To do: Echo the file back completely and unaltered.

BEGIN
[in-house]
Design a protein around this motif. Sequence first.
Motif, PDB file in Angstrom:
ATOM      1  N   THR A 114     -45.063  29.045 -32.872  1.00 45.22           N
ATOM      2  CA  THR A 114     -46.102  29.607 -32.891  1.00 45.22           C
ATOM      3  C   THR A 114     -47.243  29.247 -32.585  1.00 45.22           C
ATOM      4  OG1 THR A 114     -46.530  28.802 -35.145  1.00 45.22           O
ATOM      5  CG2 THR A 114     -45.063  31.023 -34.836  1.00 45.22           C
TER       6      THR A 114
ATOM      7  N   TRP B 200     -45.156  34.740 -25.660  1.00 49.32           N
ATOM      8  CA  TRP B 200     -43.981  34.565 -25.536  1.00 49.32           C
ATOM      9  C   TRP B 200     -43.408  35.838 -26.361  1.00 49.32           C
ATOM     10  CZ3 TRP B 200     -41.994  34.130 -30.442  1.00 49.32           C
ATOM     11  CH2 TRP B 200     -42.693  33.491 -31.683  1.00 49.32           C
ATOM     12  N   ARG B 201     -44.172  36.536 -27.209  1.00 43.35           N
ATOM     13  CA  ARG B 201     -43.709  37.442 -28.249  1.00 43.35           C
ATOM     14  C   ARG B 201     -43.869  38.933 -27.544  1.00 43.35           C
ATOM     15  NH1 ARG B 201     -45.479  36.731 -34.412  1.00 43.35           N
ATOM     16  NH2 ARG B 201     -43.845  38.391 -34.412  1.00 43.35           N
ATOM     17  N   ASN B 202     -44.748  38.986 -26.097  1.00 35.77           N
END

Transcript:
[in-house]
Design a protein around this motif. Sequence first.
Motif, PDB file in Angstrom:
ATOM      1  N   THR A 114     -45.063  29.045 -32.872  1.00 45.22           N
ATOM      2  CA  THR A 114     -46.102  29.607 -32.891  1.00 45.22           C
ATOM      3  C   THR A 114     -47.243  29.247 -32.585  1.00 45.22           C
ATOM      4  OG1 THR A 114     -46.530  28.802 -35.145  1.00 45.22           O
ATOM      5  CG2 THR A 114     -45.063  31.023 -34.836  1.00 45.22           C
TER       6      THR A 114
ATOM      7  N   TRP B 200     -45.156  34.740 -25.660  1.00 49.32           N
ATOM      8  CA  TRP B 200     -43.981  34.565 -25.536  1.00 49.32           C
ATOM      9  C   TRP B 200     -43.408  35.838 -26.361  1.00 49.32           C
ATOM     10  CZ3 TRP B 200     -41.994  34.130 -30.442  1.00 49.32           C
ATOM     11  CH2 TRP B 200     -42.693  33.491 -31.683  1.00 49.32           C
ATOM     12  N   ARG B 201     -44.172  36.536 -27.209  1.00 43.35           N
ATOM     13  CA  ARG B 201     -43.709  37.442 -28.249  1.00 43.35           C
ATOM     14  C   ARG B 201     -43.869  38.933 -27.544  1.00 43.35           C
ATOM     15  NH1 ARG B 201     -45.479  36.731 -34.412  1.00 43.35           N
ATOM     16  NH2 ARG B 201     -43.845  38.391 -34.412  1.00 43.35           N
ATOM     17  N   ASN B 202     -44.748  38.986 -26.097  1.00 35.77           N